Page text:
Thursday, September 23, 2010
It’s potato harvest time in Idaho. This is it for Idaho! The big finale to all the hard work through the last three months. Kids love it because in most potato growing areas they get out of school for up to 2 weeks for potato harvest vacation. Teens love it because they have a chance to get a job working in the potatoes and make money. Moms love it because finally we have fresh potatoes to get us through the next few months. And Dads love it because now they get potatoes with their meat and potatoes. And most everyone loves when it’s over!
Here are a few tips about storing and using potatoes:
Potatoes will keep well if stored in a cool place for about 5 or 6 months. The cooler place they are stored in the longer they keep. Once potatoes get below 40º though, the starch changes to sugar and the flavor of the potato changes. Once potatoes start to sprout in the spring, you can prolong their life a little by keeping the sprouts pulled off of the potatoes. If you have access to fresh Idaho potatoes from a farmer or someone who sells the potatoes, you can buy a 50 pound bag of potatoes for $10 or under. It’s a great investment. There are several different varieties such as russets, Yukon golds, Reds, and Shepodys to name a few. My favorite are the russets for baking, mashed, hash browns, scalloped or a’gratin potatoes and for general use. The Shepody potatoes make great French fries but don’t store as long. The Reds are good any way you fix them, my favorite uses are potato salads, roasted and creamed. Yukon Gold potatoes are a fun variety if you like them.
Potatoes can be bottled. I’ve done this a time or two and found that, 1) it’s a lot of work and 2) the end result isn’t as good as other potatoes but it is an option. It does provide you with bottled potatoes for a quick dinner. If canning potatoes, try to get small potatoes to can. The smaller they are the better they turn out.
Potatoes don’t freeze well. However there are a few exceptions. Twice baked potatoes (stuffed potatoes as some people call them) seem to freeze pretty good. I like to fill my oven with up to 25 potatoes and bake them, stuff them and wrap them for the freezer. This is especially a good idea towards spring if you still have potatoes left and are worried about them going soft.
I have dried potatoes and they work well. If you wish to dry potatoes you can dice or shred them, rinse well in cold water, blanch for a couple of minutes (steam blanch shredded potatoes) and they dry nicely. Leftover mashed potatoes can also be dried on a fruit leather tray until dry and powdery then used as a thicking.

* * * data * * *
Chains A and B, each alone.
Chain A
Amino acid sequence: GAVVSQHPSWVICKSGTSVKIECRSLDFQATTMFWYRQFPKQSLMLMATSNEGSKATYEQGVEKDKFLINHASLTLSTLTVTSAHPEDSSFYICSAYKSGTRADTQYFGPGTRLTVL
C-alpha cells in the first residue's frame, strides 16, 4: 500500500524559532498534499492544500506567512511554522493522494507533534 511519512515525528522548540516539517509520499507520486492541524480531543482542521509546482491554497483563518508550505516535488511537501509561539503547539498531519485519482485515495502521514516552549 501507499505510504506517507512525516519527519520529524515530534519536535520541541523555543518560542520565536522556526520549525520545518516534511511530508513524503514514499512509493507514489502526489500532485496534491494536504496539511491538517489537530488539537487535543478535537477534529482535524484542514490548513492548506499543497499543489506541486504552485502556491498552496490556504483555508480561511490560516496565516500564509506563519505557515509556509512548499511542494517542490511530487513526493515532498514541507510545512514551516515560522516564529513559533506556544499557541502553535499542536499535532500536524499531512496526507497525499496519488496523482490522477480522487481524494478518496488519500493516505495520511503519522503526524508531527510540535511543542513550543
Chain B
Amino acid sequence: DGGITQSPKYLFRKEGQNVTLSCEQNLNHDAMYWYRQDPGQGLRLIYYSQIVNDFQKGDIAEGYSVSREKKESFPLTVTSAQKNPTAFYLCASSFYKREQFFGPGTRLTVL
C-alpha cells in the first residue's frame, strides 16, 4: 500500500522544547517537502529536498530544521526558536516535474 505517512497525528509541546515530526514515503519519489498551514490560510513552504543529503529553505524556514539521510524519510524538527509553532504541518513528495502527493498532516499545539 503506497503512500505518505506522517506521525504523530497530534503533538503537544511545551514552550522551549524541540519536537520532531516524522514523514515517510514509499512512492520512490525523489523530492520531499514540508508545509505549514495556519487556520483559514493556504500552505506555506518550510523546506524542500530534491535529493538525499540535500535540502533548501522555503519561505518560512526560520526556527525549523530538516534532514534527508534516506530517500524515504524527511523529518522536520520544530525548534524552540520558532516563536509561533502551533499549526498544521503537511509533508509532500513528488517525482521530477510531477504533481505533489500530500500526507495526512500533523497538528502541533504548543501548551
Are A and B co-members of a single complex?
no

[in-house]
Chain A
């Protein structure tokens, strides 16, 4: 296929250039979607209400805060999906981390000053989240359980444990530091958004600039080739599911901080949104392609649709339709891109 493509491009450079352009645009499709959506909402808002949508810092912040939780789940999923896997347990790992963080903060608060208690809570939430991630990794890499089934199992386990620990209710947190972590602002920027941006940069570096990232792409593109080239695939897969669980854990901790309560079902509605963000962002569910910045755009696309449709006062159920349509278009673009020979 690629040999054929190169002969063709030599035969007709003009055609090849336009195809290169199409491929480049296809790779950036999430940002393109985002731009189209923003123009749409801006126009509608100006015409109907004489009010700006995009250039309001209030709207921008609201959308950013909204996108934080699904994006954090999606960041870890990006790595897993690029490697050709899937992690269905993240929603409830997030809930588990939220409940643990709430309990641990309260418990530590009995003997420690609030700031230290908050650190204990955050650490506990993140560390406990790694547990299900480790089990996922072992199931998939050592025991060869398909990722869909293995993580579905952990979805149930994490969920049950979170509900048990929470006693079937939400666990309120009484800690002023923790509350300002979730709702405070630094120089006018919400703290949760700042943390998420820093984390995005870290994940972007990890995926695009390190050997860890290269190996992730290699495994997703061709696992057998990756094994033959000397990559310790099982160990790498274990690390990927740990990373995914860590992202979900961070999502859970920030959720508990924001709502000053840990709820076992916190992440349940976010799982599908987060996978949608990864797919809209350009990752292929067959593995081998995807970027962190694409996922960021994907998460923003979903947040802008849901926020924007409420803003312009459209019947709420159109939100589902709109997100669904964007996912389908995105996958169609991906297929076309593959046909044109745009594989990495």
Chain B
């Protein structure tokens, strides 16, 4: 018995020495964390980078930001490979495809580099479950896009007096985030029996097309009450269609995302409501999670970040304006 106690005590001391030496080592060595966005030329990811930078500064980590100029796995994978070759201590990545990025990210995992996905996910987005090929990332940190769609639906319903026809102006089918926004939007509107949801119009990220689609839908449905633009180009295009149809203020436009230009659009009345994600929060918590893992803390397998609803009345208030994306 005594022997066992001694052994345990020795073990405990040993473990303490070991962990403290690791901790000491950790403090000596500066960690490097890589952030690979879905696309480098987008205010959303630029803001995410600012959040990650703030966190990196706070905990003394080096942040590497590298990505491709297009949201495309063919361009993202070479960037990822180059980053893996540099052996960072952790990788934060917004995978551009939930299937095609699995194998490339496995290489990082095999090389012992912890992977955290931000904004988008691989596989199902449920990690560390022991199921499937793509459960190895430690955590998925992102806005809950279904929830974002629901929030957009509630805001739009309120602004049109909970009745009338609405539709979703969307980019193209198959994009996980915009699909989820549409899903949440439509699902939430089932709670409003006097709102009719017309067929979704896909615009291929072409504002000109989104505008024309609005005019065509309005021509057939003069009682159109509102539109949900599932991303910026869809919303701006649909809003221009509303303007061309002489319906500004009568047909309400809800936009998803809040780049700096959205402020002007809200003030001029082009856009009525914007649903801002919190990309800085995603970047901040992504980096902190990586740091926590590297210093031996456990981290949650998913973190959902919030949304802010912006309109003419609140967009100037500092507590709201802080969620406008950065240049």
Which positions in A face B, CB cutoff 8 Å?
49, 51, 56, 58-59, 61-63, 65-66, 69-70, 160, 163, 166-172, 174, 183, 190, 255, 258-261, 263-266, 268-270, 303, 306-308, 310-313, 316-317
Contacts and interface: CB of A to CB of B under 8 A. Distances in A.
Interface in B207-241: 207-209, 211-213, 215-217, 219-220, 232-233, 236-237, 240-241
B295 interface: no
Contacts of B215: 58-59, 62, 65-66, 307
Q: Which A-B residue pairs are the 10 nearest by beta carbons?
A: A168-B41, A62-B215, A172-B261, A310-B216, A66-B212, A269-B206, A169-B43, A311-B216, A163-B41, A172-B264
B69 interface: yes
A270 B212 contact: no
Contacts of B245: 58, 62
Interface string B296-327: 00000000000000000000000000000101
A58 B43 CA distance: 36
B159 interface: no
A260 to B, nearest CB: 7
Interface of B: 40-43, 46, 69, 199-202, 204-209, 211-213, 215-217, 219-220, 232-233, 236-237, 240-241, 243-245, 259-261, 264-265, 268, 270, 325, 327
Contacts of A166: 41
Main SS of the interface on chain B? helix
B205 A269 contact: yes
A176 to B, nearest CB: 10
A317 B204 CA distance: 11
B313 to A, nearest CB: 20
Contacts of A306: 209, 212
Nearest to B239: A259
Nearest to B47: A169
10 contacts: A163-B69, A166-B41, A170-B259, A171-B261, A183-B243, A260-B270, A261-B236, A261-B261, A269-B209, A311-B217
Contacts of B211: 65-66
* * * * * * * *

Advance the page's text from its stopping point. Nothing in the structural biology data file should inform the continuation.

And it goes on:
Because I have always lived close to fresh potatoes, I have never grown russets in my garden so I like to buy some reds to use and to save some for seed in the spring. These are the ones I’ll use in my “potatoes in a barrel” in the spring next year.
Here are some of my favorite Potato Recipes:
5 medium potatoes, peeled and thinly sliced
1 medium onion, sliced thin
6 T. butter or margarine
1/3 c. shredded cheddar cheese
2 T. minced fresh parsley
1 T. Worcestershire sauce
Salt and pepper to taste
1/3 c. chicken broth
Place potatoes and onions on a large piece of heavy duty foil (20”x20”) and dot with butter. Combine the cheese, parsley, Worcestershire sauce, salt and pepper; sprinkle over potatoes. Fold foil up around potatoes an add broth. Seal edges of foil well. Grill over coals or bake in 350º oven 40-45 minutes or till potatoes are tender.
TWICE BAKED POTATOES
6 medium to large baking potatoes
½ cube butter
1 c. sour cream
1 c. ranch dressing
Salt and pepper to taste
2 c. grated cheese
Scrub potatoes well and pierce with the tip of a knife. Bake (do not wrap in foil) at 350º for 1 ½ hours or till potatoes feel done when squeezed. Cut in half lengthwise and scoop pulp from center of potatoes, saving skins. Combine butter, sour cream and dressing and mash well, salting generously. Add pepper as you wish. When creamy and smooth, replace potatoes in skins and press in slightly. Top with grated cheese and heat under broiler or in warm oven till cheese is melted. To freeze, wrap individually and freeze for up to 3 months.
Hash Browns and Onions
Peel and shred 5-6 large baking potatoes. In a colander, rinse under cold running water until water runs clear and starch is gone. In large non-stick frying pan, melt 1 cube of butter. Add 1 large onion, diced and cook over medium heat about 2 minutes. Add potatoes and stir well, cooking for about five minutes, stirring occasionally. Lower heat and cover; cook until potatoes are tender. Gently stir potatoes occasionally so that all potatoes are evenly cooked, but be careful not to make them mushy by stirring to hard. For crispier potatoes, remove lid for last few minutes of cooking.
Creamy Potato Soup
6-7 medium to large potatoes
1 cube butter (less if your are making a smaller batch)
1 large onion
4 T. flour
Up to 1 quart of milk
Crisp fried bacon, optional
Grated Cheddar Cheese
Peel potatoes and shred with large shredded attachment (can slice or dice if you wish). Rinse well to remove starch. Cover with water, add 1-2 t. salt and boil till barely tender. Remove from heat and drain. Meanwhile, melt butter and sauté onion in butter till tender. Add flour to butter and onion to make thickening. Stir together well and cook a minute or so. Add milk, gradually, to flour mixture, stirring well. Cool and stir until mixture boils and thickens, adding more milk if necessary. Pour sauce over potatoes, add ham or bacon, salt and pepper to taste. Heat through, stirring to avoid scorching. If desired stir in cheese or top individual bowls with cheese and crumbled bacon.